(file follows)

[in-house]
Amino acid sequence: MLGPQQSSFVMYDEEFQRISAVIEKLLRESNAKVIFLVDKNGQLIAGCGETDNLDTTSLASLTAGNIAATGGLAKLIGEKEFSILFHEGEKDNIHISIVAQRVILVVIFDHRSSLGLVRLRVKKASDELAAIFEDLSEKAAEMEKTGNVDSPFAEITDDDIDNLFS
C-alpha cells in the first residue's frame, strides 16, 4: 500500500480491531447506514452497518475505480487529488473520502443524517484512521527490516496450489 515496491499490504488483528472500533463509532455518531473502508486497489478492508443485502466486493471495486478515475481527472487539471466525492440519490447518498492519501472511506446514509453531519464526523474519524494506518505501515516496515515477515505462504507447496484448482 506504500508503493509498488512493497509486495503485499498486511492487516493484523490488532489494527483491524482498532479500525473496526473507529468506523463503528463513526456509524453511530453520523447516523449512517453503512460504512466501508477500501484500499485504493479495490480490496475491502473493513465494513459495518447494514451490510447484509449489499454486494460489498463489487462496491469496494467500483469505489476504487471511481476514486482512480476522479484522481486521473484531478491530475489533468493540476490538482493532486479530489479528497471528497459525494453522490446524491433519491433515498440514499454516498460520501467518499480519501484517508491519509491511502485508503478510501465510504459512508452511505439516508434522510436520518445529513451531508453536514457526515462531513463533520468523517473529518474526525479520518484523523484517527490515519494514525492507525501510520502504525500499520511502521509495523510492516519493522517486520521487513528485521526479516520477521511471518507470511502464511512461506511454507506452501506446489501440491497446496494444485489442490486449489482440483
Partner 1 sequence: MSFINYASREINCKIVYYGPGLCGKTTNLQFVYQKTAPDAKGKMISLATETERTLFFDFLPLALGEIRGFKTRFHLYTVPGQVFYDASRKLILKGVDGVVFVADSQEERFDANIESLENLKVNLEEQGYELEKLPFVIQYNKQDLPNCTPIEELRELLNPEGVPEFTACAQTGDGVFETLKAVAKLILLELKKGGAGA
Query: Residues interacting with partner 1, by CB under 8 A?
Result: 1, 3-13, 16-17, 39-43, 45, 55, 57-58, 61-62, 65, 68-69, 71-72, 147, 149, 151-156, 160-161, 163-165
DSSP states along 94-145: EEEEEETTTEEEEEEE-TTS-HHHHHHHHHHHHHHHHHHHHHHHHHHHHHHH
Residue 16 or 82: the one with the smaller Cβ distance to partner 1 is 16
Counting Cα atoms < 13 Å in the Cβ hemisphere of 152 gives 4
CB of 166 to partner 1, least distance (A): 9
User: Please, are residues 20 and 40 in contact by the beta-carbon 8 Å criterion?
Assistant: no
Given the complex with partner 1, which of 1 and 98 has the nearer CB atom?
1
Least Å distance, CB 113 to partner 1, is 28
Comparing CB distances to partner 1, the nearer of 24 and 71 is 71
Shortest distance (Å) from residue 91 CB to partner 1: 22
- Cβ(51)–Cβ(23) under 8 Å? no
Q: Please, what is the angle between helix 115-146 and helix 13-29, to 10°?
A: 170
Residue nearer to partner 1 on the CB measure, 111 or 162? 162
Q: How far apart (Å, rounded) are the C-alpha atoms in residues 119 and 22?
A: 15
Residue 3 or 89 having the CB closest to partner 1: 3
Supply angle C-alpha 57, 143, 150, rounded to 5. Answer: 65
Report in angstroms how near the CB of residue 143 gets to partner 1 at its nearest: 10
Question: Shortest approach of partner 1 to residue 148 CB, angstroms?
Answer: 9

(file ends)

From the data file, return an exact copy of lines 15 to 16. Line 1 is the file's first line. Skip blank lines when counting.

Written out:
Least Å distance, CB 113 to partner 1, is 28
Comparing CB distances to partner 1, the nearer of 24 and 71 is 71